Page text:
Tuesday, September 26, 2017

NiMo, Raquette River Power Film Screenings in Canton

Niagara Mohawk brochure cover, c. early 1950sTAUNY, Traditional Arts in Upstate New York, will present a screening of two Niagara Mohawk promotional videos, Floating Islands and Workhorse River, on Thursday, September 28 from 7 to 9 pm at The TAUNY Center in Canton.

These videos will give viewers the chance to witness the Raquette River power project – and one of the river’s most distinctive and challenging features, the “floating islands” of Higley Flow – through the eyes and ears of the Colton building boom era.

In the 1960s, the power company Niagara Mohawk (NiMo) made these two short promotional videos to present the scope of their accomplishments over the previous decade with the hydro projects on the Raquette, to show how they handled the boggy islands that kept mucking up their works, and to highlight the generating power of the river itself. There will also be one or two special guests on hand at the screening to share their own memories of the floating islands and the Raquette River power project.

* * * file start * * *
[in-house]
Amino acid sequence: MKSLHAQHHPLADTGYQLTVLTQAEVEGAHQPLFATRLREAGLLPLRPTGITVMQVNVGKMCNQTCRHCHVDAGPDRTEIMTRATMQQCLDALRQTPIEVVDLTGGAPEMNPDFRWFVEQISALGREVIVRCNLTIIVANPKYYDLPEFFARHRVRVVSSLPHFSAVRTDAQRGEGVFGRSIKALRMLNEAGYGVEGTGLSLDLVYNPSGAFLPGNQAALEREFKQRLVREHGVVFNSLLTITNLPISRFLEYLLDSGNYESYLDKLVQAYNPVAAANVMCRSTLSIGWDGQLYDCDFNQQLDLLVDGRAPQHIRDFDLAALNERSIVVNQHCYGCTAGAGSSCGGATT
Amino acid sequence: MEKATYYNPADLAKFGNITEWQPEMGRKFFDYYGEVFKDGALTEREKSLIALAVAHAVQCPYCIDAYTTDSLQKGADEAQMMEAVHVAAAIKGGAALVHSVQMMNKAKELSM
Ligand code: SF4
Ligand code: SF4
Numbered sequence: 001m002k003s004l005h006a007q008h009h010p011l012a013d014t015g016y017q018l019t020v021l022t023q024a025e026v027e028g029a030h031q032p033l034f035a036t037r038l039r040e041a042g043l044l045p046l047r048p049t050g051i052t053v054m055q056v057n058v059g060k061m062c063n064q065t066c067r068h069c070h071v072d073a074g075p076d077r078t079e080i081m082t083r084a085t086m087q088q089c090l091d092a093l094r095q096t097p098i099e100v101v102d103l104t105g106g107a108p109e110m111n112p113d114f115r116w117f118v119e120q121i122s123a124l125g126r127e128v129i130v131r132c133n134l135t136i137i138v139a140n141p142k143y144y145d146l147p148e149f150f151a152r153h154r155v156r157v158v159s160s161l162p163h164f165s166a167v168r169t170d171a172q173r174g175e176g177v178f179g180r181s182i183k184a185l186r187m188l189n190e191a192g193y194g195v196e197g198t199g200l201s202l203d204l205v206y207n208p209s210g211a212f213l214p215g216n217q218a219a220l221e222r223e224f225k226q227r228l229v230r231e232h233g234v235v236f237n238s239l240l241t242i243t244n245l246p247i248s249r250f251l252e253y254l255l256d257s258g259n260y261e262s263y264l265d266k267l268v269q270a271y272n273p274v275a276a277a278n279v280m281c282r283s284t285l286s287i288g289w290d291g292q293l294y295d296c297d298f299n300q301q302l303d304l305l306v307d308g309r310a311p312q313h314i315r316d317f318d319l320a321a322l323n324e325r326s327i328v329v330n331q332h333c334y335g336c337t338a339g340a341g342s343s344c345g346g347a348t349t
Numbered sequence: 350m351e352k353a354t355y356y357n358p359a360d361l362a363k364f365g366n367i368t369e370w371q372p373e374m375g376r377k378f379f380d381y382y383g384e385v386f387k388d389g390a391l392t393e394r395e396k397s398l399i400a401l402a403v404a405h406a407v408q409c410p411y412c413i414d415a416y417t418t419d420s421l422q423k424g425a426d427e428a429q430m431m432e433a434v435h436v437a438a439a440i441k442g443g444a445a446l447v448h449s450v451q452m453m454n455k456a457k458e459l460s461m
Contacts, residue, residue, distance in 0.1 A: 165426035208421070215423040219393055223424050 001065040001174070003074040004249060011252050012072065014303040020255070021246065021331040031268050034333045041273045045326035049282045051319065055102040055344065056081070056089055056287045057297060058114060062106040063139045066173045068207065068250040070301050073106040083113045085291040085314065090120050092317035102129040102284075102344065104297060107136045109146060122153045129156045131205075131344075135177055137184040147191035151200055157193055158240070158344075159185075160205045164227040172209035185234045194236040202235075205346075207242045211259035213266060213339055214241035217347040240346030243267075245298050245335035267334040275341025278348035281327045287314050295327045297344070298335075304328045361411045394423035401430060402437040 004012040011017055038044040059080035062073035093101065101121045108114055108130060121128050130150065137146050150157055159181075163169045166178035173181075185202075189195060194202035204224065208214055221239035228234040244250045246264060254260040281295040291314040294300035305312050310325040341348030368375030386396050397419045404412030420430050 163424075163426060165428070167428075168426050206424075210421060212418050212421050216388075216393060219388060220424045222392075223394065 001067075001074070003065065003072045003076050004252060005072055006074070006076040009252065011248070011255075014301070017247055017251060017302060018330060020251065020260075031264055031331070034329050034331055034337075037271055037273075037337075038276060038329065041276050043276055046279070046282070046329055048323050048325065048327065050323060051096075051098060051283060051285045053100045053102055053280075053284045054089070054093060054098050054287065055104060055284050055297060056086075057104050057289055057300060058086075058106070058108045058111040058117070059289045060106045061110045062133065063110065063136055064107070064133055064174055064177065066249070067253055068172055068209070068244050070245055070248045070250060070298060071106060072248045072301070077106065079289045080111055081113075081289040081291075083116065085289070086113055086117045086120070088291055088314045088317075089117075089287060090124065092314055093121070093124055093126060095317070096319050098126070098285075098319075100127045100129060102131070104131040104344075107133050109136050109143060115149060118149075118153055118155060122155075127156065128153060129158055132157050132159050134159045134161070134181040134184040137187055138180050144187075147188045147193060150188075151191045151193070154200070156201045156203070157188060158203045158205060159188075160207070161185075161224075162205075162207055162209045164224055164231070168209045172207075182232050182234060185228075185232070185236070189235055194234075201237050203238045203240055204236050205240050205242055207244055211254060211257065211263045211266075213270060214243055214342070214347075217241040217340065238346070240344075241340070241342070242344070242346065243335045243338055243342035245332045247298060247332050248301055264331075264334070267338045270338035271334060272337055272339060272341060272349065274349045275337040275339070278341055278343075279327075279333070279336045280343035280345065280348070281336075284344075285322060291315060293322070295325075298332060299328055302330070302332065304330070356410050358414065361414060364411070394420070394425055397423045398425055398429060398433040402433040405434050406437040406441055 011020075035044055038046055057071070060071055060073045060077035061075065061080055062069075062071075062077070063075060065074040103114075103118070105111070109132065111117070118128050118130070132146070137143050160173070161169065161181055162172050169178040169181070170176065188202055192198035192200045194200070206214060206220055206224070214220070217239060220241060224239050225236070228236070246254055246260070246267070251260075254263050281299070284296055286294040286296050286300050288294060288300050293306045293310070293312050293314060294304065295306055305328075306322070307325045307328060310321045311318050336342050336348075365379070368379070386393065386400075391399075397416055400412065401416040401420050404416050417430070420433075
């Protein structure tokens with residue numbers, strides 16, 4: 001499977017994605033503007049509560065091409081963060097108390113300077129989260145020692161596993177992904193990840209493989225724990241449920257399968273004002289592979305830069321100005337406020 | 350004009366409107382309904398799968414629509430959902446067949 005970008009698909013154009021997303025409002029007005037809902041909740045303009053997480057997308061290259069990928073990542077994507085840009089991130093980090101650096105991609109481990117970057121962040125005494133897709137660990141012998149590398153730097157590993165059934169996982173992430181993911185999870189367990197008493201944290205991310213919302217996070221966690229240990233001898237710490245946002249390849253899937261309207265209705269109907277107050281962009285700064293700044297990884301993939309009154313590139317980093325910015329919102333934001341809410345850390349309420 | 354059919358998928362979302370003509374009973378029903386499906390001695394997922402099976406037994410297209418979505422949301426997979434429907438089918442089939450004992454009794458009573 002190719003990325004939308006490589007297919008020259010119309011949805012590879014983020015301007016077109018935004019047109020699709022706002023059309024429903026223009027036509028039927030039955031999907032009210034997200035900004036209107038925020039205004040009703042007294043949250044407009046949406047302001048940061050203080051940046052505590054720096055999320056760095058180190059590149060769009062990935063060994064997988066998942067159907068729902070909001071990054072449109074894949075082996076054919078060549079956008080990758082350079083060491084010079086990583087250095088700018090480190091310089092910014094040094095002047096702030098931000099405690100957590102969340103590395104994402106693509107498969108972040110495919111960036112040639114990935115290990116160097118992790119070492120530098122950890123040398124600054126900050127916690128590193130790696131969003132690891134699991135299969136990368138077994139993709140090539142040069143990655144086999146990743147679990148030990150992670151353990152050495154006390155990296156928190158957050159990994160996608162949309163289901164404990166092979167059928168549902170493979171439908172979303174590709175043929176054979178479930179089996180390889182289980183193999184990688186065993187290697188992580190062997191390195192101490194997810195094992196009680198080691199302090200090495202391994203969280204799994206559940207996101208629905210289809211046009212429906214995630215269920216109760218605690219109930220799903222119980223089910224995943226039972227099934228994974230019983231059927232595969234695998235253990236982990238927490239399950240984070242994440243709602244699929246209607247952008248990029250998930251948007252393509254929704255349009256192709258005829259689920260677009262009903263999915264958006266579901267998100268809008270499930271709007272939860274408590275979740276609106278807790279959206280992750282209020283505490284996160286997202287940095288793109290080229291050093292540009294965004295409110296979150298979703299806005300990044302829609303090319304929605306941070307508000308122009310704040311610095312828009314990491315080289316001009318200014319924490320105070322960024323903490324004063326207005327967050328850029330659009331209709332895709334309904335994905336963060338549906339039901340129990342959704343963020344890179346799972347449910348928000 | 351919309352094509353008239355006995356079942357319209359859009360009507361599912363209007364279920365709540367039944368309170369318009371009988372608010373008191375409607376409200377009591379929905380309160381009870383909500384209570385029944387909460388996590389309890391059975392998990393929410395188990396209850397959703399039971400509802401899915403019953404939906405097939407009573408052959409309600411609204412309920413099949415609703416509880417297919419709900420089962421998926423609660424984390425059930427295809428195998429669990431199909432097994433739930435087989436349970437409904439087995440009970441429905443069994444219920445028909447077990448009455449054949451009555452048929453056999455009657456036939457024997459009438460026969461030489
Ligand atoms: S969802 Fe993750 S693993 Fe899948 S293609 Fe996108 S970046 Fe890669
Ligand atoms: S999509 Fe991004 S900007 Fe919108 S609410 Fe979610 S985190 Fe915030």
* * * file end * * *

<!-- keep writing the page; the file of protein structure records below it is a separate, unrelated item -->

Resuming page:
Floating islands going over Higley Dam, c. 1943There is a suggested donation of $5 for this program. Light refreshments will be served.

This program is a part of the program series for TAUNY’s latest exhibit, “‘Look Down, You’ll See Our Tracks’: Raquette River Dam Stories.” This exhibit tells the stories of people involved in or significantly affected by the construction of the hydroelectric dams and powerhouses along the Raquette River. The exhibit will be on view at The TAUNY Center until October 21, 2017.

The TAUNY Center is located at 53 Main Street, Downtown Canton. TAUNY, Traditional Arts in Upstate New York, is a non-profit organization dedicated to helping people understand and appreciate the folk traditions and local culture of everyday life – present and past – in the North Country.

For more information, click here.

Photos: Niagara Mohawk brochure cover, c. early 1950s; Floating islands going over Higley Dam, c. 1943, courtesy Potsdam Public Museum.

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